Body Cameras Are Just Part Of The Solution
A Cambridge University study of British and U.S. police shows a 93 percent decrease in the number of complaints made against officers when they are using – pivotal findings that suggest the simple devices could reduce conflicts between police and the public.
The idea behind the study is simple: people who are being observed – and know it – change their behavior. Researchers suggested that cameras encourage best behavior on the part of both the officers and the public.
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The study is being described as a “sea change in modern policing” but that is not all that will be needed for American Law Enforcement to drastically change the profession.
I’ve seen first hand what cameras can do for law enforcement but until we educate the public on what they are actually seeing, very little could change in regards to complaints.
Police camera footage is like a surgical procedure. If you aren’t aware why the doctor cut where he did or why the surgery was needed, you would certainly not understand why the doctor is doing what they are doing. In law enforcement, we routinely take complaints from citizens that are upset because they simply don’t understand police procedures or tactics. Just as in the medical profession, sometimes things look bad but are perfectly within the law and policy.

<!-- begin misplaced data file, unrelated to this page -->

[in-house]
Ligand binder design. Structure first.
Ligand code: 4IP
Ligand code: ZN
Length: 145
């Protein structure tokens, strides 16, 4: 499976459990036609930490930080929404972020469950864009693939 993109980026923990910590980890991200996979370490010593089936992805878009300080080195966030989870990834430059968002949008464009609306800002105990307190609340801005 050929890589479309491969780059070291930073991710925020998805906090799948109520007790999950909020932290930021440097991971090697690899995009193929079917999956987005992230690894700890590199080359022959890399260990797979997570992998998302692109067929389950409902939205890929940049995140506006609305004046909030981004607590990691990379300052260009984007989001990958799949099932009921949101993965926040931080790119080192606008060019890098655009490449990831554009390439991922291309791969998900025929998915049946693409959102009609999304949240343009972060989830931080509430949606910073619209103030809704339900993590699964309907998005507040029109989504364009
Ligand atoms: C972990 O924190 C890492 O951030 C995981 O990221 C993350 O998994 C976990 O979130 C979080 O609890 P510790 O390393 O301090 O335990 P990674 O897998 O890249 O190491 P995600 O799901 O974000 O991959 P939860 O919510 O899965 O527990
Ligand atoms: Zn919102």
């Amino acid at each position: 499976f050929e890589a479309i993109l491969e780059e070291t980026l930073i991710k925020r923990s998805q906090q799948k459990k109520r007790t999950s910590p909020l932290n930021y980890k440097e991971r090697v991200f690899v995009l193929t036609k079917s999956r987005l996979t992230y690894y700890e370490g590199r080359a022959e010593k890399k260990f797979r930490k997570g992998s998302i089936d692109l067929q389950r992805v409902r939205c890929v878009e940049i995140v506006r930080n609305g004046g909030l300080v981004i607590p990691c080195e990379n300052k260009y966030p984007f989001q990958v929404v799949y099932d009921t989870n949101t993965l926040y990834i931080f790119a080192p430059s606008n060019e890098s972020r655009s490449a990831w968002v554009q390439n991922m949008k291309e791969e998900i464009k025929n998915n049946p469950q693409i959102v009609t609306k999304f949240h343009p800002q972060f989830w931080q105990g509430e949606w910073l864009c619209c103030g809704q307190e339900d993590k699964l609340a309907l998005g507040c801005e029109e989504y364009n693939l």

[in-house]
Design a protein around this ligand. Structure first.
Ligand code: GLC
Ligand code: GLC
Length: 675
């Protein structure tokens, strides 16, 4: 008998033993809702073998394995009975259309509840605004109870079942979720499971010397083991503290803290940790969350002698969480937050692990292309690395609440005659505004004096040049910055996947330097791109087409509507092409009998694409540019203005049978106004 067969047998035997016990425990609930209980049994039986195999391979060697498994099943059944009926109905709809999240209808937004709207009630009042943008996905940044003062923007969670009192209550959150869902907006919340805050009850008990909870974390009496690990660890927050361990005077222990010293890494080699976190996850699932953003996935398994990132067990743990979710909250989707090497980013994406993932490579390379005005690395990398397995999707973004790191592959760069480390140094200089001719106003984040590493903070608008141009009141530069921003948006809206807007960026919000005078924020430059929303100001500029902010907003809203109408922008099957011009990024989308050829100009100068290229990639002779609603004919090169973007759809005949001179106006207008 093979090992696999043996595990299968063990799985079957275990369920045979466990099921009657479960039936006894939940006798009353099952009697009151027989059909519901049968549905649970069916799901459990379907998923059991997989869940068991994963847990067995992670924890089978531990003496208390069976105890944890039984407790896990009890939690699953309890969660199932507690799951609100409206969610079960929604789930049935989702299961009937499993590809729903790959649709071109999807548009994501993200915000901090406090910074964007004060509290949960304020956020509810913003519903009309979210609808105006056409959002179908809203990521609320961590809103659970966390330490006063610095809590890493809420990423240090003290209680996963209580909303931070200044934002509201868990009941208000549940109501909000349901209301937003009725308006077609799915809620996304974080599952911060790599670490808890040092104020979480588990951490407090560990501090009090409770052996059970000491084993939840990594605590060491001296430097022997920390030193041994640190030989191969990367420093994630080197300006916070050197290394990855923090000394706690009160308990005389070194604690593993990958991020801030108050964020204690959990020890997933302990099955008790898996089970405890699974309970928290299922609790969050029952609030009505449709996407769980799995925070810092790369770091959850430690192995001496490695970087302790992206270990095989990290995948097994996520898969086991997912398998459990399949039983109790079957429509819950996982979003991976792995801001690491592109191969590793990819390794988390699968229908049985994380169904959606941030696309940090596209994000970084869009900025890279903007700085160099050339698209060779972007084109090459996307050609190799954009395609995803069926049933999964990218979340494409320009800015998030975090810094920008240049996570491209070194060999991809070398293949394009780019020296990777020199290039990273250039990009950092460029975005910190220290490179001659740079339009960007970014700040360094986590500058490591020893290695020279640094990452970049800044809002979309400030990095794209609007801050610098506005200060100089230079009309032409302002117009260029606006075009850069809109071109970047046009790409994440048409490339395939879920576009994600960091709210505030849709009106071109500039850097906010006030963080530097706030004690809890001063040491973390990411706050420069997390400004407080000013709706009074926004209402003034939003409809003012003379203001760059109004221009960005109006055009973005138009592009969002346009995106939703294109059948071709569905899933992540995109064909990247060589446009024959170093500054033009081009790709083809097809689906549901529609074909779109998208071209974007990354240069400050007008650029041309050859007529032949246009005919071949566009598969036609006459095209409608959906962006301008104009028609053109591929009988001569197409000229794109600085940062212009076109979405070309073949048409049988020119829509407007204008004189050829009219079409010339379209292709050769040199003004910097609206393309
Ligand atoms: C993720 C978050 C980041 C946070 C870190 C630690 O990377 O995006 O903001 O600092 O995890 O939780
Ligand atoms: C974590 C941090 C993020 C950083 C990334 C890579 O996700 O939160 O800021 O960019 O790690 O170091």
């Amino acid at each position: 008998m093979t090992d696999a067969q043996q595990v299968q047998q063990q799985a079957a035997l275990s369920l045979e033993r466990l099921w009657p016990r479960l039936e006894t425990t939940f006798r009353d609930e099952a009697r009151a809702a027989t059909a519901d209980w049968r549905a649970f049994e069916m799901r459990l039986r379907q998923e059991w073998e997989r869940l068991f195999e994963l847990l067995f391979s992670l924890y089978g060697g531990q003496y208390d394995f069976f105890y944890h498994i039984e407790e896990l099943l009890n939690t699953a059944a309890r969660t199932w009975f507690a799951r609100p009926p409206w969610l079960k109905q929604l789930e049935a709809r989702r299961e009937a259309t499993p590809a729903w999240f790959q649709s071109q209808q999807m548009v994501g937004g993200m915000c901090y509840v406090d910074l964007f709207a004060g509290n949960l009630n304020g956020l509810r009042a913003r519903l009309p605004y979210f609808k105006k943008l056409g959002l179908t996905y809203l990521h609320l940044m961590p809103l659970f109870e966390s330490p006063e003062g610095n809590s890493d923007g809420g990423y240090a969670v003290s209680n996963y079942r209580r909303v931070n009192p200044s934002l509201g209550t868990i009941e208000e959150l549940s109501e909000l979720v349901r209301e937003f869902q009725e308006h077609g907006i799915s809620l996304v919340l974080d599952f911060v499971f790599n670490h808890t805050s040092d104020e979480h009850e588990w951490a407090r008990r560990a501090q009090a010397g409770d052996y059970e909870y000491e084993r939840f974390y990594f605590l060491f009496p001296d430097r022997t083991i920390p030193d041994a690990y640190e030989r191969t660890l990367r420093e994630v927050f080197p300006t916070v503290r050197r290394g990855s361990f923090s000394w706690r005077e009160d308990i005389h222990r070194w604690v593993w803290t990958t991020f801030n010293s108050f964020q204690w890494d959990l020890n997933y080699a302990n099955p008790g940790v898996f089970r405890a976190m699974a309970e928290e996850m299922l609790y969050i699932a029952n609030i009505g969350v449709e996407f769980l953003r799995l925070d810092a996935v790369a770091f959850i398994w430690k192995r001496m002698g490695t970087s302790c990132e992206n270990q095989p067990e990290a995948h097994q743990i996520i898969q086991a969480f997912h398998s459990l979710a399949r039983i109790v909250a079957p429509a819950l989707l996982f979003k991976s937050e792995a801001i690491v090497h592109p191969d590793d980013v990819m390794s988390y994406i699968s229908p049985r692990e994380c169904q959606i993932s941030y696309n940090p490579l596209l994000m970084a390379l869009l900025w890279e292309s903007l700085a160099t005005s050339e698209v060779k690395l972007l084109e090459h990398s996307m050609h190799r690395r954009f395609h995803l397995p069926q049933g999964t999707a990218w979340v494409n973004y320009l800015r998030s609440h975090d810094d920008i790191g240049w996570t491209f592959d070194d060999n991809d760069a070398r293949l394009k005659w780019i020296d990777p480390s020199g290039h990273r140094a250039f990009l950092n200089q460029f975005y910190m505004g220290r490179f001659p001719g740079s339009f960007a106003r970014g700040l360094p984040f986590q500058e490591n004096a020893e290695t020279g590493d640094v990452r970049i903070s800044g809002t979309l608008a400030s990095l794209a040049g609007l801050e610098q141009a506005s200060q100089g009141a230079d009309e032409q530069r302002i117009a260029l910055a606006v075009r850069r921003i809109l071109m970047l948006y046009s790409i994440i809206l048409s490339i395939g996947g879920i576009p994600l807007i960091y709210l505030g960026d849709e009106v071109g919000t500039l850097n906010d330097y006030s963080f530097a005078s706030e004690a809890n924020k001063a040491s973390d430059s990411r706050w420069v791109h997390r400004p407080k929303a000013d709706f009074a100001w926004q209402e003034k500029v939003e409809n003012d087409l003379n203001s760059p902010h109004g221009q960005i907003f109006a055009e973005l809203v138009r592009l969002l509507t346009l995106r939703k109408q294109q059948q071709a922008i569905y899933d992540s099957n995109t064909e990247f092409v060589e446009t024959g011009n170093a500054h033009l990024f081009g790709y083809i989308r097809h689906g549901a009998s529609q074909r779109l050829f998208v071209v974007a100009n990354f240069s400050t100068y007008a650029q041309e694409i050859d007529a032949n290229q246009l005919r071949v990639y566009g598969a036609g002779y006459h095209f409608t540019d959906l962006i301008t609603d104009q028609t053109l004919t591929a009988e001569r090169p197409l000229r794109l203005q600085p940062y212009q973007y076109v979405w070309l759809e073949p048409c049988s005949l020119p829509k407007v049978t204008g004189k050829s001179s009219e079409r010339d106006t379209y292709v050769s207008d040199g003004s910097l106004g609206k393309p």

The constant demand to “re-train” law enforcement is unfair when the public needs similar training to understand the profession.
While it has almost become a requirement for every police officer to have a body camera, the technology is just part of the solution.
The public will need to have a basic understanding of police practices before they even understand what they see. On a weekly basis, we see so called ‘controversial’ videos when, as a police officer, they aren’t controversial at all.
As of now, all body cameras will do, will be to give those that constantly question law enforcement a platform to do just that. The responsibility lies with them just as much as it does with law enforcement when it comes to training, patience and maturity.